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Field Test: Sonic Reality Ocean Way Drums Library


OWD comes with six preset mixes per kit that can be altered by the user.

The first world-class studio I ever set foot in was Ocean Way in Hollywood. The Gold and Platinum albums lining the walls beamed an aura of the immense talent of those who worked there. Now, Sonic Reality’s Ocean Way Drums (OWD) drum-sample library packages the sound, rooms and one-of-a-kind mic collection found in that special place. Ocean Way studio owner Allen Sides and engineer Steven Miller spent two years painstakingly recording and creating the collection. There are no loops, pre-sequenced grooves or step sequences; OWD focuses on individual drum hits, delivered via Native Instruments’ Kontakt 2 sample player, and available in all the usual plug-in formats.

OWD’s 19 drum kits cover the gamut from loose-sounding vintage drums to tight modern sets. Snares range from deep rock to popping piccolos, and include rolls, rim shots and ghost notes. Cymbals include tiny splashes to big rides, and feature numerous variations: bell hits, chokes, multiple edge hits and rolls. Hi-hats include sloppy, open rock sounds and crisp jazz timbres — with multiple open-hat positions. All instruments were hit with a stick — no brush or mallet samples.


The $995 Gold edition has 40 GB of 48kHz samples spread over 19 different kits. Offering the same sets at 96 kHz, plus extra kick drums, the 120GB Platinum edition ($1,995) is pre-installed on a USB 2/FireWire hard drive. All kits have presets mapped for General MIDI or Sonic Reality’s IMAP format for greater flexibility when playing “keyboard drums.”

OWD makes heavy use of Kontakt’s direct-from-disk feature, which streams samples from the hard drive. Most instruments stream 10 or more channels per drum hit so it’s easy to exceed 40 audio channels when multiple drums are played at once; therefore, OWD should run on its own (7,200 rpm or faster) hard drive. I had no problems using the Audio Units version of OWD in Apple Logic Pro 8.

Opening OWD in Logic presents a version of Kontakt 2 that’s tailored for OWD. To me, the Kontakt workspace felt unintuitive, and users of plug-ins like BFD or Addictive Drums will probably want more from the interface. There are no images of the actual sampled drums, and the labels for selecting kits and drums are generic, such as “Kit 1” or “Snare Drum 2.” This convention isn’t very useful when trying to find a piccolo snare.

On the other hand, using your ears to sift through the options is not necessarily a bad thing when listening to drums that sound so good. Ocean Way’s custom-built analog console yields drums with sparkling transient detail and a warm, defined bottom end. Many drums also feature an option for blending samples that were processed through hard-to-find gear such as an AMS RMX-16 digital reverb — a coveted mainstay in high-end studios.

Complete drum kit presets come in the form of what Kontakt refers to as “multis.” Each drum in the kit is then represented by an instrument block with gain knobs for each available channel, such as U47, AKG, OH, Room 1, etc. A pull-down menu can display channel panners, envelope settings or a velocity view to tailor how the drum responds dynamically to how hard you play your controller. These controls are independent on every instrument and allow creative options that aren’t possible with a conventionally recorded kit, such as shortening the decay on the kick’s room mics while leaving a long room decay on the snare.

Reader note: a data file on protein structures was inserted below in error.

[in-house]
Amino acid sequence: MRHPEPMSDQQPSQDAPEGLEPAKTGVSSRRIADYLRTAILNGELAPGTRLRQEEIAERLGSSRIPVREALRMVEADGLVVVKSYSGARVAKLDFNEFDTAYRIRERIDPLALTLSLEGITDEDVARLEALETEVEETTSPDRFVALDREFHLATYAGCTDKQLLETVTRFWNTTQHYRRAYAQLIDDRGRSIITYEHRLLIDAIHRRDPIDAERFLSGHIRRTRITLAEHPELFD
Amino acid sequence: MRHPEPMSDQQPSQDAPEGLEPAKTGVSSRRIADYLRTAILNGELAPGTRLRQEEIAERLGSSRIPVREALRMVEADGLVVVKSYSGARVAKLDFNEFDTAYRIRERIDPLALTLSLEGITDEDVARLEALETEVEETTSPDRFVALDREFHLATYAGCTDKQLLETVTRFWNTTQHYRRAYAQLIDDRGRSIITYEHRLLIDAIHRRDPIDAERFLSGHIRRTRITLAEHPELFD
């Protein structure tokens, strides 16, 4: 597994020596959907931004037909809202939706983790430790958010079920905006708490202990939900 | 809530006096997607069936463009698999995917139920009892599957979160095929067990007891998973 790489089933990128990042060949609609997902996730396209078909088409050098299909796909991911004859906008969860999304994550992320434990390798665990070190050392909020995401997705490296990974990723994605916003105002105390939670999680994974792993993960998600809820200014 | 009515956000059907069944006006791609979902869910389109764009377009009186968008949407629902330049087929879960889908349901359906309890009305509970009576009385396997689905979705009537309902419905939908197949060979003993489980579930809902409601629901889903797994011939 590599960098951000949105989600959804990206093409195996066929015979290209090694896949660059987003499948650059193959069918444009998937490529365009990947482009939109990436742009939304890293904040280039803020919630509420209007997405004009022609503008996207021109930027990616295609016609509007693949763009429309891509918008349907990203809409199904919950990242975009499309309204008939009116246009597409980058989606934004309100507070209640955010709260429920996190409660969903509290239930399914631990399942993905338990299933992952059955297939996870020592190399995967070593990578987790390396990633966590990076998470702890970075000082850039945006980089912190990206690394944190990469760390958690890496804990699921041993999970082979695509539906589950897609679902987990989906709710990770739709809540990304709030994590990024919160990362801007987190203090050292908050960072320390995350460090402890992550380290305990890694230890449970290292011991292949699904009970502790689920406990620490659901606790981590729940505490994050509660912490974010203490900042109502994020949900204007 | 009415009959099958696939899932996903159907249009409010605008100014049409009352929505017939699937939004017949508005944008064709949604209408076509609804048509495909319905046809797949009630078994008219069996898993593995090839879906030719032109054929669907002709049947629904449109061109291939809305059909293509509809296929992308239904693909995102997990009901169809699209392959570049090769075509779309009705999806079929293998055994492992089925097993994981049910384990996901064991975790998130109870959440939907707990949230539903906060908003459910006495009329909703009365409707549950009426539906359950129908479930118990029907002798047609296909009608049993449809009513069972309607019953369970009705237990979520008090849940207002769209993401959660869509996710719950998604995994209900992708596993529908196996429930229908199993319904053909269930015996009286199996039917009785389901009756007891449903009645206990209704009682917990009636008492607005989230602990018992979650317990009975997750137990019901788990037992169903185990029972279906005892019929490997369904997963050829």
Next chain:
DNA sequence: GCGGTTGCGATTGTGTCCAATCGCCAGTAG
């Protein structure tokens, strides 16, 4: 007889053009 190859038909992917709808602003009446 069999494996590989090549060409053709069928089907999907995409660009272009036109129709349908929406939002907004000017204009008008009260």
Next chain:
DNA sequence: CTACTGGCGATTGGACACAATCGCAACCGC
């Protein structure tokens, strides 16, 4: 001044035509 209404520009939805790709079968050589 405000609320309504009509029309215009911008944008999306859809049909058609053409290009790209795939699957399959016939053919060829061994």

I had fun with the snares. Each kit has snare-on and snare-off versions. In snare-off presets, the other drums in the kit, such as toms and kick, were played without snare rattle bleeding into the mics. One approach I loved was using stereo AKG C-12s about 18 inches over the snare and two rare Sony 55Ps (also in stereo) for snare bottom. This unique flavor sounded wonderful. For contrast, the snares were also recorded with Shure SM57s in more traditional positions.

With this many controls available, balancing the relative instruments within a kit could prove difficult, so OWD combines various channels from each instrument onto more manageable buses. The buses are represented in Kontakt’s mixer as kick, snare, hat and toms, along with overhead and ambience channels. Each bus has its own volume fader and includes multiple insert slots for additional processing.

To get quick results without having to build a sound from scratch, each kit has six ready-to-go preset mixes. I wouldn’t typically think that “producing by preset” would be useful, but these settings are almost like being part of a Sides clinic on mixing drums.


What matters most is how drums sound in the mix. Playing sequenced drums from some of my projects, I quickly re-assigned them to OWD. I found it unnecessary to use any additional processing with OWD; I just blended the provided mics to my liking and simply let the undoctored samples shine through. As a bonus, at press time, Sonic Reality announced that users can drive OWD from Drumagog by downloading either MidiPipe (Mac) or MIDI Yoke (PC).

I’m not a fan of the Kontakt interface, but the drum sounds sold me on OWD. The mic choices, the room, processing options and the excellent recordings make this a one-of-a-kind collection. OWD brings you the sound of a unique and special place — even if you’ve never set foot on the Sunset Strip.

Sonic Reality,

Robert Brock is an engineer, music producer, composer and pianist.